Rochester City Ballet gives new season a test run, Thank You Kiss returns at Fringe 

After more than two years of COVID, few artistic mediums have had a rougher time getting back on their feet than ballet. All of that huffing and puffing and close contact, as someone plunges a knife into someone else’s back.

“I got all verklempt today because I was watching artists being born,” Robert Gardner, artistic director of Rochester City Ballet, said after Saturday’s Rochester Fringe Festival performance at the School of the Arts: Allen Main Stage Theatre. Two of his six dancers are new to the ensemble, which has had a rough time navigating the pandemic. “It’s slow building the audience back,” Gardner admitted.

There is no other path for the company. Ballet returns, one foot in front of the other. Since COVID, there have been only a handful of shows. The holiday tradition of “The Nutcracker” with the Rochester Philharmonic Orchestra was performed by the company in masks. Gardner looks at these Rochester Fringe shows — Rochester City Ballet returns 3:30 p.m. Sunday at School of the Arts — as a test run for Rochester City Ballet’s new season, which begins next month.
click to enlarge Florrie Geller and Ryo Munakata in Rochester City Ballet's "Swan Lake." - PHOTO BY MATT BURKHARTT
  • Florrie Geller and Ryo Munakata in Rochester City Ballet's "Swan Lake."
“Rochester City Ballet Presents: Turn of the Screw and Other Terrifying Tales” is a ballet starter kit, cramming excerpts from two famous ballets into one Fringe hour. “The Black Swan Pas de Deux” is pulled from “Swan Lake,” with some impressive en pointe work from Florrie Geller as the seductress Odile; clearly her calf muscles haven’t atrophied over this pandemic.

Getting more stage time was “The Turn of the Screw,” an opportunity for the six-dancer ensemble to show that, even over this slack period for the arts, their bodies have maintained the low fat content levels of a wood theater seat armrest.
click to enlarge Katherine Duffy and Samanatha Howe in "Turn of the Screw." - PHOTO BY MATT BURKHARTT
  • Katherine Duffy and Samanatha Howe in "Turn of the Screw."
Are these really terrifying tales? This is not “Halloween: Chainsaw Allegro.” The haunting is far more subtle in this Salvatore Aiello ballet, based on the 1898 Henry James ghost story and the Benjamin Britten opera it inspired. True, the dancers were dropping to the floor at an alarming pace. But ballet is an art of suggestion. Dance, Gardner said, “is universal, you don’t have to know the language. You feel the emotion.”

Although Alexander Griffith, as the ghost of the manservant Quint, did cut loose with a hearty “Bru-ha-ha-ha-ha,” the universal language of evil at work.

These characters created by James include a return to the dead by malevolent spirits. And the excerpts were chosen by Gardner for their universal appeal of darkness.

“It’s in all of us,” he said, “isn’t it?”

A Thank You Kiss for Richard Marx

Twelve dollars for a glass of wine in a plastic cup at the new Focus Theater in the Sibley Building? “Thank You Kiss Presents: Slippery Slopes” had better be worth it.

That’s all subjective, of course. But yes, “Thank You Kiss” is worth the wine, and the $15 ticket. I’ve been seeing a lot of comedy at Rochester Fringe this year, perhaps because 2022 has been such a dismal slice of history, and some laughs seem in order. And this was the funniest and most inventive of the shows thus far.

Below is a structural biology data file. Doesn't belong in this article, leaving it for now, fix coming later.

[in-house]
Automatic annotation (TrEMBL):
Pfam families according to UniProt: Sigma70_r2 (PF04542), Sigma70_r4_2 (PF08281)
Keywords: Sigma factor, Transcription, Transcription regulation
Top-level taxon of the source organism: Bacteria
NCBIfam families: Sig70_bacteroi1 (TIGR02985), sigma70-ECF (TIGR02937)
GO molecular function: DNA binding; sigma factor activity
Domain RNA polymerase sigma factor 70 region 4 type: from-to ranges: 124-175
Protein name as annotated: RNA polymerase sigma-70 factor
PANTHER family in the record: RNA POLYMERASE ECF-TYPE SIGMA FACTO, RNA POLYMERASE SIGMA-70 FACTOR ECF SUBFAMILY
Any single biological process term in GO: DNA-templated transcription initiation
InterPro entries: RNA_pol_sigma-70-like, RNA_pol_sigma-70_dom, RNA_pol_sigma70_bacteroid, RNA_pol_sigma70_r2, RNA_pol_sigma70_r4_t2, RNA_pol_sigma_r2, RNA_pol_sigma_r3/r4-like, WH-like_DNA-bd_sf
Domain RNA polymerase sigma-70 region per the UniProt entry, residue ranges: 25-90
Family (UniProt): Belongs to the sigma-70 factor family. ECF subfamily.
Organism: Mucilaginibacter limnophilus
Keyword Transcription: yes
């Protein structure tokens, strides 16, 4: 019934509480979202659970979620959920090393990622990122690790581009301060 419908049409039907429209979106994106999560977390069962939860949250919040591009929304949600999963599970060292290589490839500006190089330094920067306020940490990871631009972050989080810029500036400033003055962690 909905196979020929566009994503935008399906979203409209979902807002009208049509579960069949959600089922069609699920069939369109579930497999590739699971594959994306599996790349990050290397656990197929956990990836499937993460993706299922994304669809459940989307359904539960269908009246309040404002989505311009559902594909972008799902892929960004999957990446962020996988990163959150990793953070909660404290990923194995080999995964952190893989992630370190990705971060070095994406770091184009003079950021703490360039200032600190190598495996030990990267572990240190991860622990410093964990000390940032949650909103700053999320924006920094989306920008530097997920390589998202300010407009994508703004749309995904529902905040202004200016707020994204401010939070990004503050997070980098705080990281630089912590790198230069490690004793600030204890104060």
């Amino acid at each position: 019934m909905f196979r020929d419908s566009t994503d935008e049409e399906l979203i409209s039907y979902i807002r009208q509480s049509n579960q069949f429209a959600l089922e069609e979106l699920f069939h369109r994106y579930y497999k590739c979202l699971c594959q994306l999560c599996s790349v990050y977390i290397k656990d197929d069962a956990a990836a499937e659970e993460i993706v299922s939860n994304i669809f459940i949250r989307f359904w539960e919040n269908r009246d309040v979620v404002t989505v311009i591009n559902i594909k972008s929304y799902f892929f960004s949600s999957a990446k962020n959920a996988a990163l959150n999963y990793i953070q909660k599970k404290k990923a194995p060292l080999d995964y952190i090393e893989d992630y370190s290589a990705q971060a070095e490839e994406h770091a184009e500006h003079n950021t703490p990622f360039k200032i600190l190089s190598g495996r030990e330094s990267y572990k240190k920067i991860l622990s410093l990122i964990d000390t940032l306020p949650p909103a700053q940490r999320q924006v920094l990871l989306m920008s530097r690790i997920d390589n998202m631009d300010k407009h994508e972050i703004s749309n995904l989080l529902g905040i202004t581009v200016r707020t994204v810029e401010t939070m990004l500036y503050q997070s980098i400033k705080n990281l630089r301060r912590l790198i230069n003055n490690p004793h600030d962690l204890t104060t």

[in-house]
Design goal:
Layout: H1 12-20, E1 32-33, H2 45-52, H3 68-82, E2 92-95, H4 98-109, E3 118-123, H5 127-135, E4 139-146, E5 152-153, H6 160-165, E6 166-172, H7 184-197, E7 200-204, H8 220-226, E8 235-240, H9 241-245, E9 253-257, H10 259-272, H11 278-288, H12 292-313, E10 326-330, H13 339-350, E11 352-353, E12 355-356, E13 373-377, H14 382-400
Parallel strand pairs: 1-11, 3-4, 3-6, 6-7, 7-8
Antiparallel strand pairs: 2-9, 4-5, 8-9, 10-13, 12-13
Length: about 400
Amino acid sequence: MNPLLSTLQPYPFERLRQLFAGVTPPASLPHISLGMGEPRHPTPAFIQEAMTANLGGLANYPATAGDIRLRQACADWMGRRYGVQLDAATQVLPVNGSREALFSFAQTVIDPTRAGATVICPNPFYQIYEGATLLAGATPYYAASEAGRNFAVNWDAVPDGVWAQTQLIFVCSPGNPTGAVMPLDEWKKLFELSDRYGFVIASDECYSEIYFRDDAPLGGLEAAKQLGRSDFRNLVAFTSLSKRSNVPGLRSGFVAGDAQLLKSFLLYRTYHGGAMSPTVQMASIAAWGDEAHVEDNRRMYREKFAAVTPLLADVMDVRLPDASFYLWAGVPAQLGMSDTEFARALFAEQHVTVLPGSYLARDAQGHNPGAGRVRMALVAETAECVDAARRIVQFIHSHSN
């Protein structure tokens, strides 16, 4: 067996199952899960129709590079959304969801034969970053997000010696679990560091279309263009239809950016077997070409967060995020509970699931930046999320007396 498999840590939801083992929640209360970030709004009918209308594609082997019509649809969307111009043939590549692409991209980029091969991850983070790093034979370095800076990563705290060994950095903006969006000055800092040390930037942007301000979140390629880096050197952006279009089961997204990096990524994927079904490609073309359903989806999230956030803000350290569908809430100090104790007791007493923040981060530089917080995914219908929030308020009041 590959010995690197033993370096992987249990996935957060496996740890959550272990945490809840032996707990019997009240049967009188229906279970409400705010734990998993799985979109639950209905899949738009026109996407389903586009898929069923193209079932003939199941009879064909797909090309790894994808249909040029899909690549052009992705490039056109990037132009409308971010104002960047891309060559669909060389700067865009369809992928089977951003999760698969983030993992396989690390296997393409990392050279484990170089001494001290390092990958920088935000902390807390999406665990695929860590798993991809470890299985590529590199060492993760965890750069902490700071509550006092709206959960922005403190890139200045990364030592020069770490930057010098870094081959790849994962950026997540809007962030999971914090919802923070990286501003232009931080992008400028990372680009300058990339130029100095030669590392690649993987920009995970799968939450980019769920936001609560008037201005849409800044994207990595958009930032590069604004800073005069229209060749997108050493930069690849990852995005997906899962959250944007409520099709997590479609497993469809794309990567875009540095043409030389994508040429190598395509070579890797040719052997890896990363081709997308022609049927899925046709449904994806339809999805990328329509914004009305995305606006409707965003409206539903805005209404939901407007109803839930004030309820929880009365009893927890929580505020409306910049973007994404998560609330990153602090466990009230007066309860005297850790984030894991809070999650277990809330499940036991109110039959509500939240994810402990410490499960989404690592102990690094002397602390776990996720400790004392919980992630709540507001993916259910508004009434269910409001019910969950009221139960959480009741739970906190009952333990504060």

Of course, COVID, COVID, COVID has been no help. It’s been about three years since we’ve seen a performance by the Thank You Kiss quartet of Marc D’Amico, John Forrest Thompson, Beth Winslow, and Megan Mack. Mack is a producer on the WXXI-AM (1370) weekday talk show “Connections with Evan Dawson,” but I was not aware that she is particularly funny, which meant her presence in the same building where I work had no bearing on this review.

Thank You Kiss is sketch comedy, sometimes in the briefest manner. When the joke’s over, this group moves on. A piece about an angsty squirrel trying to time its dash across a street against traffic is just that. Thank You Kiss finds no reason to speculate on the outcome.

Like the great comedy institutions of years past (Monty Python, Firesign Theater, your office Christmas party), Thank You Kiss delights in turning things upside down. Sometimes the joke is not the point, it’s just a detail. As when a father suspects his kids are on drugs because some of his own weed is missing. Sometimes the joke is an inexplicable sight gag. As in scavenger birds picking on a Shakespearean-spouting actor.

Kodak and Nick Tahou’s earn brief mentions. But the group was particularly venomous when it came to a 1980s MTV icon. In a test of pop-culture I.Q., I can’t believe that of the three people I was with that night, I was the only one who knew who Richard Marx is. Or was. A big 1980s MTV presence, Thank You Kiss roasted the guy who’s sold 30 million albums. And through the magic of video, Marx roasted Thank You Kiss right back.

Thank You Kiss even tosses in a few of its own videos. A mock commercial for a fragrance called “Bipartisan,” for people “who believe in something, even if you believe in nothing.”

And, working out anger-management issues, Mack went on a killing spree, knocking off her fellow comedians. (I have never personally witnessed this malevolent behavior in Mack, but we work on separate floors in the WXXI office.)

Thank You Kiss returns to Fringe action on Sept. 23 and 24.

Jeff Spevak is WXXI's arts and life editor and reporter. He can be reached at (585) 258-0343 or [email protected].
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